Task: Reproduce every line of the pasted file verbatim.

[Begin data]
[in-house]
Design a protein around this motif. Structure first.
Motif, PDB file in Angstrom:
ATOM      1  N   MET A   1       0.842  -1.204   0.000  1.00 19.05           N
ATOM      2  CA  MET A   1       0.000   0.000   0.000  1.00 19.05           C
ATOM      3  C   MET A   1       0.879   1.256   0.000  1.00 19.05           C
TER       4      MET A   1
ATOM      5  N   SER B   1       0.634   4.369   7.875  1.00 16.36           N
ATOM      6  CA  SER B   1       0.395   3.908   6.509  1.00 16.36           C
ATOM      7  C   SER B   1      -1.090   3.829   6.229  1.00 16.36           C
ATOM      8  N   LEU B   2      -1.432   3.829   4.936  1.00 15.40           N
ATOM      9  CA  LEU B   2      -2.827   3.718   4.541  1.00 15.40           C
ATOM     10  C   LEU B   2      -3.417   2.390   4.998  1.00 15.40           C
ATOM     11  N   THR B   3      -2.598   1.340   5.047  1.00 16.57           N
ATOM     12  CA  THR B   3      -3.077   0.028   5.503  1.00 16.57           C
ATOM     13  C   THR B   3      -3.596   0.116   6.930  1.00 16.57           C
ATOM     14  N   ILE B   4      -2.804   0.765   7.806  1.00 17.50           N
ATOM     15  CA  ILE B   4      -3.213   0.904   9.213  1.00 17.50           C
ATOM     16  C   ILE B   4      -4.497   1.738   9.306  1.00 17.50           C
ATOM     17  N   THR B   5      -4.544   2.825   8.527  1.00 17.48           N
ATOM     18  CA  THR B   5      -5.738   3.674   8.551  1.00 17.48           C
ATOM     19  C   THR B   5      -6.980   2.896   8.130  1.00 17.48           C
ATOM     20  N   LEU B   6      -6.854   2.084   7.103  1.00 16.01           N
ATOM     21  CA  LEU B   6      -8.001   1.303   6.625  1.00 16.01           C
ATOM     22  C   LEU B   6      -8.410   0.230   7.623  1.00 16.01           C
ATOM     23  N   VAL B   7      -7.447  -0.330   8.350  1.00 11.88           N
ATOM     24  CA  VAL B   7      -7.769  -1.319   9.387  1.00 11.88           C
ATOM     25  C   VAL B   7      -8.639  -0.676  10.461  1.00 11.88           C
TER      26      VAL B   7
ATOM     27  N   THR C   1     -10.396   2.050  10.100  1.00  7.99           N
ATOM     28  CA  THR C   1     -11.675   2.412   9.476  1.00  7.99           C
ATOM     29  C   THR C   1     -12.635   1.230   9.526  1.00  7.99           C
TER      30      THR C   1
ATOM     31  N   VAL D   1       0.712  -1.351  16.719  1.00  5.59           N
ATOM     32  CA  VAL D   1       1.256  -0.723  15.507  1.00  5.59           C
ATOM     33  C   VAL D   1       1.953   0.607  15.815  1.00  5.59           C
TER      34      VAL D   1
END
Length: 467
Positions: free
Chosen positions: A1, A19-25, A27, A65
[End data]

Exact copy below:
[in-house]
Design a protein around this motif. Structure first.
Motif, PDB file in Angstrom:
ATOM      1  N   MET A   1       0.842  -1.204   0.000  1.00 19.05           N
ATOM      2  CA  MET A   1       0.000   0.000   0.000  1.00 19.05           C
ATOM      3  C   MET A   1       0.879   1.256   0.000  1.00 19.05           C
TER       4      MET A   1
ATOM      5  N   SER B   1       0.634   4.369   7.875  1.00 16.36           N
ATOM      6  CA  SER B   1       0.395   3.908   6.509  1.00 16.36           C
ATOM      7  C   SER B   1      -1.090   3.829   6.229  1.00 16.36           C
ATOM      8  N   LEU B   2      -1.432   3.829   4.936  1.00 15.40           N
ATOM      9  CA  LEU B   2      -2.827   3.718   4.541  1.00 15.40           C
ATOM     10  C   LEU B   2      -3.417   2.390   4.998  1.00 15.40           C
ATOM     11  N   THR B   3      -2.598   1.340   5.047  1.00 16.57           N
ATOM     12  CA  THR B   3      -3.077   0.028   5.503  1.00 16.57           C
ATOM     13  C   THR B   3      -3.596   0.116   6.930  1.00 16.57           C
ATOM     14  N   ILE B   4      -2.804   0.765   7.806  1.00 17.50           N
ATOM     15  CA  ILE B   4      -3.213   0.904   9.213  1.00 17.50           C
ATOM     16  C   ILE B   4      -4.497   1.738   9.306  1.00 17.50           C
ATOM     17  N   THR B   5      -4.544   2.825   8.527  1.00 17.48           N
ATOM     18  CA  THR B   5      -5.738   3.674   8.551  1.00 17.48           C
ATOM     19  C   THR B   5      -6.980   2.896   8.130  1.00 17.48           C
ATOM     20  N   LEU B   6      -6.854   2.084   7.103  1.00 16.01           N
ATOM     21  CA  LEU B   6      -8.001   1.303   6.625  1.00 16.01           C
ATOM     22  C   LEU B   6      -8.410   0.230   7.623  1.00 16.01           C
ATOM     23  N   VAL B   7      -7.447  -0.330   8.350  1.00 11.88           N
ATOM     24  CA  VAL B   7      -7.769  -1.319   9.387  1.00 11.88           C
ATOM     25  C   VAL B   7      -8.639  -0.676  10.461  1.00 11.88           C
TER      26      VAL B   7
ATOM     27  N   THR C   1     -10.396   2.050  10.100  1.00  7.99           N
ATOM     28  CA  THR C   1     -11.675   2.412   9.476  1.00  7.99           C
ATOM     29  C   THR C   1     -12.635   1.230   9.526  1.00  7.99           C
TER      30      THR C   1
ATOM     31  N   VAL D   1       0.712  -1.351  16.719  1.00  5.59           N
ATOM     32  CA  VAL D   1       1.256  -0.723  15.507  1.00  5.59           C
ATOM     33  C   VAL D   1       1.953   0.607  15.815  1.00  5.59           C
TER      34      VAL D   1
END
Length: 467
Positions: free
Chosen positions: A1, A19-25, A27, A65